In 1994, Kenner released the Legends of Batman action figure collection. This revolved primarily around Elseworlds stories and the modern "Knightfall" era; although, it strangely did not include a Bane figure. The collection lasted two series and corresponded with the Superman: Man of Steel figure line based on "The Death of Superman".
In 2006, DC Direct released a series of figures specifically based on the "Knightfall" saga. This included Jean Paul Valley as Batman, Nightwing, Bane, Catwoman, and the unique "Mask of Tengu" Batman figure.
Part of the storyline has been collected into a few trade paperbacks. Earlier printings of the "Knightfall" books had covers by Kelley Jones were under the "Knightfall" name and book three was under the "Knightsend" name (with this volume featuring a new cover by Graham Nolan and Brian Stelfreeze). These earlier editions also featured the original cover art/DC Comics monthly ads of the storyline as the chapter headings. The current printings of the three books do not have these cover/ads and solely title the three books under the "Knightfall" name with a similar cover dressing design. These new editions have covers by Mike Deodato.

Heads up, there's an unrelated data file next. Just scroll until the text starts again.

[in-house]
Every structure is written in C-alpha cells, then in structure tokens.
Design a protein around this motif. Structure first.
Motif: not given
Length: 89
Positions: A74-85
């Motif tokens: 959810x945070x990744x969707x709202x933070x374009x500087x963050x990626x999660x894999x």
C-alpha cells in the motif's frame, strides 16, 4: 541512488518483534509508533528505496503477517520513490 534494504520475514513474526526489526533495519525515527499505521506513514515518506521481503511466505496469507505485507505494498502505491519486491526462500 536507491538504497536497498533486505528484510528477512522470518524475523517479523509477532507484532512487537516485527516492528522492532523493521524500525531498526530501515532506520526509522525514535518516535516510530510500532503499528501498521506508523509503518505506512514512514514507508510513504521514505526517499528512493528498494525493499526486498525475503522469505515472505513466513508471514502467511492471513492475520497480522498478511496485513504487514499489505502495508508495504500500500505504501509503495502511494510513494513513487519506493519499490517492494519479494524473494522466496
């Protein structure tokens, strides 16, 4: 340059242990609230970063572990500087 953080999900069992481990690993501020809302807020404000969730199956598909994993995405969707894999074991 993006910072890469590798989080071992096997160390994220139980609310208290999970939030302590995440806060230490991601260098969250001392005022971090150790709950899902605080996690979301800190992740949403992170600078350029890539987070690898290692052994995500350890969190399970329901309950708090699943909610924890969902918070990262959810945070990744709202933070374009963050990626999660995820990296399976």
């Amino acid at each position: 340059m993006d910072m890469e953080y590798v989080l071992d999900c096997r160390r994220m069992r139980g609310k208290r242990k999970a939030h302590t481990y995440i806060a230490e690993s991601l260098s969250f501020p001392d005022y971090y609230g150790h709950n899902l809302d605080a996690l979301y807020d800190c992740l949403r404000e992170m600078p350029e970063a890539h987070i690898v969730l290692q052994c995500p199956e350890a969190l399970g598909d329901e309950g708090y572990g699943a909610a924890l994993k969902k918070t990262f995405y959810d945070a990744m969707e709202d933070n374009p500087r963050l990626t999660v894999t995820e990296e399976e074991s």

- Batman: Knightfall, Part One: Broken Bat (collects Batman vol. 1 #491–497 and Detective Comics vol. 1 #659–663, 272 pages, paperback, September 1993, ISBN 1-56389-142-5)
- Batman: Knightfall, Part Two: Who Rules the Night (collects Batman vol. 1 #498–500, Detective Comics vol. 1 #664–666, Batman: Shadow of the Bat #16–18, and stories from Showcase '93 #7–8; 288 pages, paperback 1993, ISBN 1-56389-148-4)